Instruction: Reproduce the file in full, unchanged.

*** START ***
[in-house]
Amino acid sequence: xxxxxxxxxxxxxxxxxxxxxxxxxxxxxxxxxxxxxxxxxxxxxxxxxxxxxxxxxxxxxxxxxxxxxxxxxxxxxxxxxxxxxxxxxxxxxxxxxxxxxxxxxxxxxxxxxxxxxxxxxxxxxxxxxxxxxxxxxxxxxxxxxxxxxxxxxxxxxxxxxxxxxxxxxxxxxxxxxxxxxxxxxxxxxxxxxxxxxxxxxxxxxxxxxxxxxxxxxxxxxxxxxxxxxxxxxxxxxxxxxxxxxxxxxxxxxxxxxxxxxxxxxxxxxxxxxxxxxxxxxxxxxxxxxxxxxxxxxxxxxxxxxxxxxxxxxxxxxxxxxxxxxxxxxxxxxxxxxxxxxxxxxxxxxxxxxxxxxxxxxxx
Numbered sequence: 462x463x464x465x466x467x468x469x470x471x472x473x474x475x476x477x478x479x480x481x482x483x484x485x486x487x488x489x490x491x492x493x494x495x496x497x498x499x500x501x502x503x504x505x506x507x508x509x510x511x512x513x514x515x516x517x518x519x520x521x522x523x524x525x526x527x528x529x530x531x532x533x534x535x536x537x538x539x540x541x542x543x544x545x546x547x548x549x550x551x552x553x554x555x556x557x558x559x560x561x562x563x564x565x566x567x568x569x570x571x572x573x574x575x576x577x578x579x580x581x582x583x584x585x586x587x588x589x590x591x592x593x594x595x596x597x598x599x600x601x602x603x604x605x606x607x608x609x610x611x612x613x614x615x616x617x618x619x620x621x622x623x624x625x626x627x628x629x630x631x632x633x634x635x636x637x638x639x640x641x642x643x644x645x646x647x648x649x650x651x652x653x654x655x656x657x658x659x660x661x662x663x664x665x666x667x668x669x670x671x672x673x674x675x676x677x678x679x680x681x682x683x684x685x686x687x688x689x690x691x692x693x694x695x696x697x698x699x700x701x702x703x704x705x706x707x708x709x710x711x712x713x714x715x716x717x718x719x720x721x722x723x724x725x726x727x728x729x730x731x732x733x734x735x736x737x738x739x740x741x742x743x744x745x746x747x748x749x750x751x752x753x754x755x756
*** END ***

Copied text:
[in-house]
Amino acid sequence: xxxxxxxxxxxxxxxxxxxxxxxxxxxxxxxxxxxxxxxxxxxxxxxxxxxxxxxxxxxxxxxxxxxxxxxxxxxxxxxxxxxxxxxxxxxxxxxxxxxxxxxxxxxxxxxxxxxxxxxxxxxxxxxxxxxxxxxxxxxxxxxxxxxxxxxxxxxxxxxxxxxxxxxxxxxxxxxxxxxxxxxxxxxxxxxxxxxxxxxxxxxxxxxxxxxxxxxxxxxxxxxxxxxxxxxxxxxxxxxxxxxxxxxxxxxxxxxxxxxxxxxxxxxxxxxxxxxxxxxxxxxxxxxxxxxxxxxxxxxxxxxxxxxxxxxxxxxxxxxxxxxxxxxxxxxxxxxxxxxxxxxxxxxxxxxxxxxxxxxxxxx
Numbered sequence: 462x463x464x465x466x467x468x469x470x471x472x473x474x475x476x477x478x479x480x481x482x483x484x485x486x487x488x489x490x491x492x493x494x495x496x497x498x499x500x501x502x503x504x505x506x507x508x509x510x511x512x513x514x515x516x517x518x519x520x521x522x523x524x525x526x527x528x529x530x531x532x533x534x535x536x537x538x539x540x541x542x543x544x545x546x547x548x549x550x551x552x553x554x555x556x557x558x559x560x561x562x563x564x565x566x567x568x569x570x571x572x573x574x575x576x577x578x579x580x581x582x583x584x585x586x587x588x589x590x591x592x593x594x595x596x597x598x599x600x601x602x603x604x605x606x607x608x609x610x611x612x613x614x615x616x617x618x619x620x621x622x623x624x625x626x627x628x629x630x631x632x633x634x635x636x637x638x639x640x641x642x643x644x645x646x647x648x649x650x651x652x653x654x655x656x657x658x659x660x661x662x663x664x665x666x667x668x669x670x671x672x673x674x675x676x677x678x679x680x681x682x683x684x685x686x687x688x689x690x691x692x693x694x695x696x697x698x699x700x701x702x703x704x705x706x707x708x709x710x711x712x713x714x715x716x717x718x719x720x721x722x723x724x725x726x727x728x729x730x731x732x733x734x735x736x737x738x739x740x741x742x743x744x745x746x747x748x749x750x751x752x753x754x755x756